Sam Metz, MD, retired anesthesiologist from Portland, Oregon, gives his "3 Questions, 9 Answers" talk about how to meet the listener at her/his level of understanding about our health care system. He then adds the evidence in a step-wise fashion to move the listener toward the conclusion that universal improved Medicare for All or another form of single payer health care is the best solution to our dysfunctional health care system.
Below is an outline of Dr. Metz's 3 Q 9 A
Three Questions, Nine Answers about Health Care
by Sam Metz MD July 2014, MCH 2/15 MCH 3.17
1. Why do we need health care reform?
a. Our health care costs are twice the average of industrialized countries. We are the most expensive nation on the planet.
b. In almost every category of public health, the US is at or near the bottom of industrialized countries.
c. Health care costs are destroying American families with bankruptcies and devastated credit.
2. What do we want health care reform to achieve? Forget about selling insurance policies or reducing the national debt. We want:
a. Health care access for us and our families no matter how poor, sick, old, or unemployed we may become.
b. Reduced health care costs. Not just for government, insurance companies, employers, or employees... for everyone.
c. Better health. We want improved medical outcomes but not sustain a health care industry and administrators more then needed to reach those outcomes.
3. How do successful systems succeed? Other countries provide better care to more people for less money than we do. What do they have in common that we don’t?
a. They include everyone, without discrimination against the sick. In the US, we punish the sick by charging them more, reducing their benefits, or excluding them altogether. Successful systems do not do that.
b. They encourage patients to seek care. They do not discourage people from seeking care with “customer-driven care,” “skin in the game,” high deductibles, high co-pays, etc. Instead of patients deciding if they need care before they see a physician, the physician determines if the patient need care after she sees the patient.
c. Financing is provided by publicly accountable, transparent, not-for-profit agencies. In most countries you can make a profit providing health care; we are the only country that encourages you to make a profit financing health care. (Financiers are simply brokers: they collect from money patients and deliver it to providers.)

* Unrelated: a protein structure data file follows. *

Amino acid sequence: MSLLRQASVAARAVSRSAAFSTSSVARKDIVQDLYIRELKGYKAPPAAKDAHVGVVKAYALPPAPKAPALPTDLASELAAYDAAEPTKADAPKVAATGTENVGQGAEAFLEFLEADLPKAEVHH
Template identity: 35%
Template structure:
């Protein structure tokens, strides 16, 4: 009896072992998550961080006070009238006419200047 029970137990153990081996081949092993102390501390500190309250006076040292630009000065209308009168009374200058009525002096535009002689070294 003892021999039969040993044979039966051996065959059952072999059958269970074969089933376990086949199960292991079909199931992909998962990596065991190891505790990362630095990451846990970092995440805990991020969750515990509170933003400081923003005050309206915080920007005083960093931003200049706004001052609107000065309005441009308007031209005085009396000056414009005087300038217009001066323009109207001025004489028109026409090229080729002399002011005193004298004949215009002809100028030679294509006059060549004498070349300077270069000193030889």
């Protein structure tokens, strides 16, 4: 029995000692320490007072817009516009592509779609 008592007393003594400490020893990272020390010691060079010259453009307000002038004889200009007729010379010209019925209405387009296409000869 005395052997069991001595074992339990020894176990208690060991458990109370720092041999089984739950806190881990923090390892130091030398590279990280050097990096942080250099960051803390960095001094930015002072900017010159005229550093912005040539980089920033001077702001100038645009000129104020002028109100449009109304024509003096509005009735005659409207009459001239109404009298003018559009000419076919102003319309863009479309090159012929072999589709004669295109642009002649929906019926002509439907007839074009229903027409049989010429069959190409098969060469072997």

If you have a system that includes everyone, encourages care, and funnels all health care money through only one publicly accountable, transparent, not-for-profit agency for financing, we can call that “single payer” (as in Canada and Taiwan) or “multi-payer through one public agency” (as in many European countries).
The ACA deserves praise for at least temporarily helping many Americans, some of whom have gained insurance and access to healthcare for the first time in their lives. But the ACA is deeply flawed.
Neither the ACA or its Republican replacement will improve the health of our population because both preserve financial incentives to avoid those who need care the most: the sick and the poor. Competitive markets cannot promote healthcare for the population. Here's the reason. To effectively compete, a health insurance company must observe the 70% rule of avoiding risk. It makes good business sense and it is the fiduciary responsibility of companies’ CEOs and Boards of Directors to do so. This leads to garden metaphors (lemon dropping and cherry picking) and the exclusion of the people who need care the most. The result is ever-increasing suffering, and delays or avoidance of treatment.
Neither the ACA nor CCOs effectively neutralize this incentive. Trillium, for example, which administers the CCO for Medicaid patients in Lane County, tripled its profits in 2013 and its parent company, Agate Resources, is being purchased by Centene, a Fortune 500 company of St. Louis, Missouri. Meanwhile in 2014 - 2015 safety net services such as Occupy Medical saw their main clientele change from homeless and uninsured patients to “insured” patients. Most of these were on the Oregon Health Plan and in the Trillium CCO but not able to access to care through Trillium. Trillium points to lack of primary care providers, but nurse practitioners and other qualified primary care providers were turned down as hires by Trillium. Private companies are taking an ever-increasing role in administering and profiting from public programs such as Medicaid and Medicare, usually without adequate public awareness or oversight and with resulting diversion of public health care money away from health care into other uses.
Our health care system creates financial hardship for families, businesses and governments, deters people from gaining timely medical attention, and confiscates money from underpinnings of health such as adequate housing, education, infrastructure, and social services.